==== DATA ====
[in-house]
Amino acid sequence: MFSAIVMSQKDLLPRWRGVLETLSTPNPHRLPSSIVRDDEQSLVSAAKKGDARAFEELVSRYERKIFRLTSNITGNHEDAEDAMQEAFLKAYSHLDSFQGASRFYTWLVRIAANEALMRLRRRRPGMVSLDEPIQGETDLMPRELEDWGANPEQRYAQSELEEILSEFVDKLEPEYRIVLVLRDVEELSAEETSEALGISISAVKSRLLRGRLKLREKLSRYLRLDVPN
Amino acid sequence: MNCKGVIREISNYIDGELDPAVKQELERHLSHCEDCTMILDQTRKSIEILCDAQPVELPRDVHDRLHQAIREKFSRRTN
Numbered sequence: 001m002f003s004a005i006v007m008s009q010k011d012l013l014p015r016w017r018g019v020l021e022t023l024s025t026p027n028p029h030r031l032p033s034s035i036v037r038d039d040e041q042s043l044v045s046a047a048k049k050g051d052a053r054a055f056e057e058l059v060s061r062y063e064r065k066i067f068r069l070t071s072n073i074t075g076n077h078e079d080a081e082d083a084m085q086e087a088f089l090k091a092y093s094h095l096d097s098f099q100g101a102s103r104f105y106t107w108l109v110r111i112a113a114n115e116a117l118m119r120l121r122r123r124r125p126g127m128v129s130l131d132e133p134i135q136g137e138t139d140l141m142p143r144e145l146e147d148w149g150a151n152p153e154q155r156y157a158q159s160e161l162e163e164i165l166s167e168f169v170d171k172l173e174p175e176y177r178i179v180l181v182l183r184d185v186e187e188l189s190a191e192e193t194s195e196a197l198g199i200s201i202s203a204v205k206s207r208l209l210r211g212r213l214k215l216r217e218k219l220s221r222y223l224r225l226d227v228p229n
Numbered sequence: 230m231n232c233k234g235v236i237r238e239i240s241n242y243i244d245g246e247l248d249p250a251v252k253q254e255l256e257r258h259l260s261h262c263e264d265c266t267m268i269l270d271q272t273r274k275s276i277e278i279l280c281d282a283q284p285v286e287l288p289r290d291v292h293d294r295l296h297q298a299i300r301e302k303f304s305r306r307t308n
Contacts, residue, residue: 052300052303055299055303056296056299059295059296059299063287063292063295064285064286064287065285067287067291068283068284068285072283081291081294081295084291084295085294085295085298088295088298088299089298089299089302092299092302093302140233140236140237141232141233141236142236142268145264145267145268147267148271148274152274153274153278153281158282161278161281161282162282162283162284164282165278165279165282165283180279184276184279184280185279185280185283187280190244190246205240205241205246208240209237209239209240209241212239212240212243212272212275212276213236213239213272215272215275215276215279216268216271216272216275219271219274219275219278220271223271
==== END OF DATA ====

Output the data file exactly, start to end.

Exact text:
[in-house]
Amino acid sequence: MFSAIVMSQKDLLPRWRGVLETLSTPNPHRLPSSIVRDDEQSLVSAAKKGDARAFEELVSRYERKIFRLTSNITGNHEDAEDAMQEAFLKAYSHLDSFQGASRFYTWLVRIAANEALMRLRRRRPGMVSLDEPIQGETDLMPRELEDWGANPEQRYAQSELEEILSEFVDKLEPEYRIVLVLRDVEELSAEETSEALGISISAVKSRLLRGRLKLREKLSRYLRLDVPN
Amino acid sequence: MNCKGVIREISNYIDGELDPAVKQELERHLSHCEDCTMILDQTRKSIEILCDAQPVELPRDVHDRLHQAIREKFSRRTN
Numbered sequence: 001m002f003s004a005i006v007m008s009q010k011d012l013l014p015r016w017r018g019v020l021e022t023l024s025t026p027n028p029h030r031l032p033s034s035i036v037r038d039d040e041q042s043l044v045s046a047a048k049k050g051d052a053r054a055f056e057e058l059v060s061r062y063e064r065k066i067f068r069l070t071s072n073i074t075g076n077h078e079d080a081e082d083a084m085q086e087a088f089l090k091a092y093s094h095l096d097s098f099q100g101a102s103r104f105y106t107w108l109v110r111i112a113a114n115e116a117l118m119r120l121r122r123r124r125p126g127m128v129s130l131d132e133p134i135q136g137e138t139d140l141m142p143r144e145l146e147d148w149g150a151n152p153e154q155r156y157a158q159s160e161l162e163e164i165l166s167e168f169v170d171k172l173e174p175e176y177r178i179v180l181v182l183r184d185v186e187e188l189s190a191e192e193t194s195e196a197l198g199i200s201i202s203a204v205k206s207r208l209l210r211g212r213l214k215l216r217e218k219l220s221r222y223l224r225l226d227v228p229n
Numbered sequence: 230m231n232c233k234g235v236i237r238e239i240s241n242y243i244d245g246e247l248d249p250a251v252k253q254e255l256e257r258h259l260s261h262c263e264d265c266t267m268i269l270d271q272t273r274k275s276i277e278i279l280c281d282a283q284p285v286e287l288p289r290d291v292h293d294r295l296h297q298a299i300r301e302k303f304s305r306r307t308n
Contacts, residue, residue: 052300052303055299055303056296056299059295059296059299063287063292063295064285064286064287065285067287067291068283068284068285072283081291081294081295084291084295085294085295085298088295088298088299089298089299089302092299092302093302140233140236140237141232141233141236142236142268145264145267145268147267148271148274152274153274153278153281158282161278161281161282162282162283162284164282165278165279165282165283180279184276184279184280185279185280185283187280190244190246205240205241205246208240209237209239209240209241212239212240212243212272212275212276213236213239213272215272215275215276215279216268216271216272216275219271219274219275219278220271223271